CFIA expands emerald ash borer restrictions in Maritimes
By P&PC Staff
By P&PC Staff
September 28, 2018 – The Canadian Food Inspection Agency (CFIA) has updated its regulated areas for emerald ash borer (EAB) twice in the last week, first to include a part of Nova Scotia and then an expanded area in New Brunswick, in an effort to slow the insect’s spread.
The EAB has been detected in Bedford, Nova Scotia, and was confirmed in the city of Edmundston, New Brunswick, earlier this year.
The new regulated area in New Brunswick now consists of the county of Madawaska, excluding the municipality of Grand Falls.
Effective immediately, the movement of ash materials, including logs, branches and woodchips, and all species of firewood from the affected areas is restricted. Moving untreated firewood is a common way for invasive insects and diseases to spread.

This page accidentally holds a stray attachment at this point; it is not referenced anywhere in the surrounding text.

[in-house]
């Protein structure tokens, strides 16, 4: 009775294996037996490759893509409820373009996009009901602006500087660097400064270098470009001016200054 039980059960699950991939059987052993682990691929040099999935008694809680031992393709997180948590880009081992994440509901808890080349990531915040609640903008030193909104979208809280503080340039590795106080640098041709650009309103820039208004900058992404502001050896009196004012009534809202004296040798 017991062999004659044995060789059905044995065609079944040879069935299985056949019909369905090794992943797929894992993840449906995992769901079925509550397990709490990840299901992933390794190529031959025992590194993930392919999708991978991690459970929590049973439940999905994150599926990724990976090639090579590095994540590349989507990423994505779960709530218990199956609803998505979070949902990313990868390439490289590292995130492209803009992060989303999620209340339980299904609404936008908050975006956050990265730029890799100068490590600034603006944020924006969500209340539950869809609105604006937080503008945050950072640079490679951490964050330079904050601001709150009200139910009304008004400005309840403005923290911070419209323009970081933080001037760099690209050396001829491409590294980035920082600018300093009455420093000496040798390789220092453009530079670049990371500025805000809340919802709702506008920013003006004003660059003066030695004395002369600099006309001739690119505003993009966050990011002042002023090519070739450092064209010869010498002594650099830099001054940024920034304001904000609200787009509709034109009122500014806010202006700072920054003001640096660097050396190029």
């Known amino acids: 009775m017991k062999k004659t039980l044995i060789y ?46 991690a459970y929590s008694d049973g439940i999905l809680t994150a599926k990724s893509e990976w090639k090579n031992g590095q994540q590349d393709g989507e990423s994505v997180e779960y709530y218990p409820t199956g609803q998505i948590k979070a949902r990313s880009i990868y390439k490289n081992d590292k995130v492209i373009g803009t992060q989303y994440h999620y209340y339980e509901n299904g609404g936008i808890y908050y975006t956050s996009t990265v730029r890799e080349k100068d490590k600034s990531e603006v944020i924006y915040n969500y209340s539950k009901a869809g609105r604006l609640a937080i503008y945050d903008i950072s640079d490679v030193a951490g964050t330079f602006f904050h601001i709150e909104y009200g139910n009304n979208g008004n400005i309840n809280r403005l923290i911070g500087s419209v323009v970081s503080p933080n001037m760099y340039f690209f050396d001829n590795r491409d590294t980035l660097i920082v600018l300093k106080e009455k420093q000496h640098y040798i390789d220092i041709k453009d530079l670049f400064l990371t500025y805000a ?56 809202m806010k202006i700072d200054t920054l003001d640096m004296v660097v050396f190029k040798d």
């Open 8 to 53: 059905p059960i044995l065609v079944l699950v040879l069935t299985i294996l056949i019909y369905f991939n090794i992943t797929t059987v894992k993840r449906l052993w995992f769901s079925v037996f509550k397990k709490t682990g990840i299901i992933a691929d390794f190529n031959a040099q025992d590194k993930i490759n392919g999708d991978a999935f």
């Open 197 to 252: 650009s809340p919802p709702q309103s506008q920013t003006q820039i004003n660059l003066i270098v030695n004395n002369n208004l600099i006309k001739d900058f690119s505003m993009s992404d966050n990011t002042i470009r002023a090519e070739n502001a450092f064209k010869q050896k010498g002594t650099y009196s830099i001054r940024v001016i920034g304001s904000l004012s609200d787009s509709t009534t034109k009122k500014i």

Those who do need to move wood out of the EAB regulated areas must contact their local CFIA office to request written authorization.
According to the CFIA, although the EAB poses no threat to human health, it is highly destructive to ash trees. The insect is native to China and eastern Asia, and its presence in Canada was first confirmed in 2002. It has already killed millions of ash trees in regulated areas in Canada and the United States, and poses a major economic and environmental threat to urban and forested areas of North America.
Prior to the new detection in Nova Scotia, the EAB was known to be present only in certain areas of New Brunswick, Manitoba, Ontario and Quebec. Officials expect the EAB to make its way to Fredricton, New Brunswick. Affected areas are regulated by the CFIA to protect Canada’s forests, municipal trees and nurseries.